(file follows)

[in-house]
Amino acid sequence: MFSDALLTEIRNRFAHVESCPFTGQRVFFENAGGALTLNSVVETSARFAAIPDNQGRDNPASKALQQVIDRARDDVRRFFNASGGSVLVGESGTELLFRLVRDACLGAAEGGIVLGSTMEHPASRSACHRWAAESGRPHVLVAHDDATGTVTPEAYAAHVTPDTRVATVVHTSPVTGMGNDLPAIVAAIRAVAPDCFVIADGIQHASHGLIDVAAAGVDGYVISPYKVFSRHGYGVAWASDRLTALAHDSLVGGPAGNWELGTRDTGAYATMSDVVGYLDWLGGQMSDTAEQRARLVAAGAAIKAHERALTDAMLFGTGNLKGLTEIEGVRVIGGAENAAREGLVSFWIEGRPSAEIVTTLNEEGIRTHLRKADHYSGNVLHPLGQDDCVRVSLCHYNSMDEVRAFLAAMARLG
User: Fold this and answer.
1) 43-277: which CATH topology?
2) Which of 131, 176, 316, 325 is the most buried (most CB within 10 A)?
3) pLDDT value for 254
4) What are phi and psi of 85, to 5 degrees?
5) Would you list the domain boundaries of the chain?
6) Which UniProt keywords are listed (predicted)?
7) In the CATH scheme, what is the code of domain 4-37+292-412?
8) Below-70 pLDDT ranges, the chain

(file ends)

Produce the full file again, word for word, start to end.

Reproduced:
[in-house]
Amino acid sequence: MFSDALLTEIRNRFAHVESCPFTGQRVFFENAGGALTLNSVVETSARFAAIPDNQGRDNPASKALQQVIDRARDDVRRFFNASGGSVLVGESGTELLFRLVRDACLGAAEGGIVLGSTMEHPASRSACHRWAAESGRPHVLVAHDDATGTVTPEAYAAHVTPDTRVATVVHTSPVTGMGNDLPAIVAAIRAVAPDCFVIADGIQHASHGLIDVAAAGVDGYVISPYKVFSRHGYGVAWASDRLTALAHDSLVGGPAGNWELGTRDTGAYATMSDVVGYLDWLGGQMSDTAEQRARLVAAGAAIKAHERALTDAMLFGTGNLKGLTEIEGVRVIGGAENAAREGLVSFWIEGRPSAEIVTTLNEEGIRTHLRKADHYSGNVLHPLGQDDCVRVSLCHYNSMDEVRAFLAAMARLG
User: Fold this and answer.
1) 43-277: which CATH topology?
2) Which of 131, 176, 316, 325 is the most buried (most CB within 10 A)?
3) pLDDT value for 254
4) What are phi and psi of 85, to 5 degrees?
5) Would you list the domain boundaries of the chain?
6) Which UniProt keywords are listed (predicted)?
7) In the CATH scheme, what is the code of domain 4-37+292-412?
8) Below-70 pLDDT ranges, the chain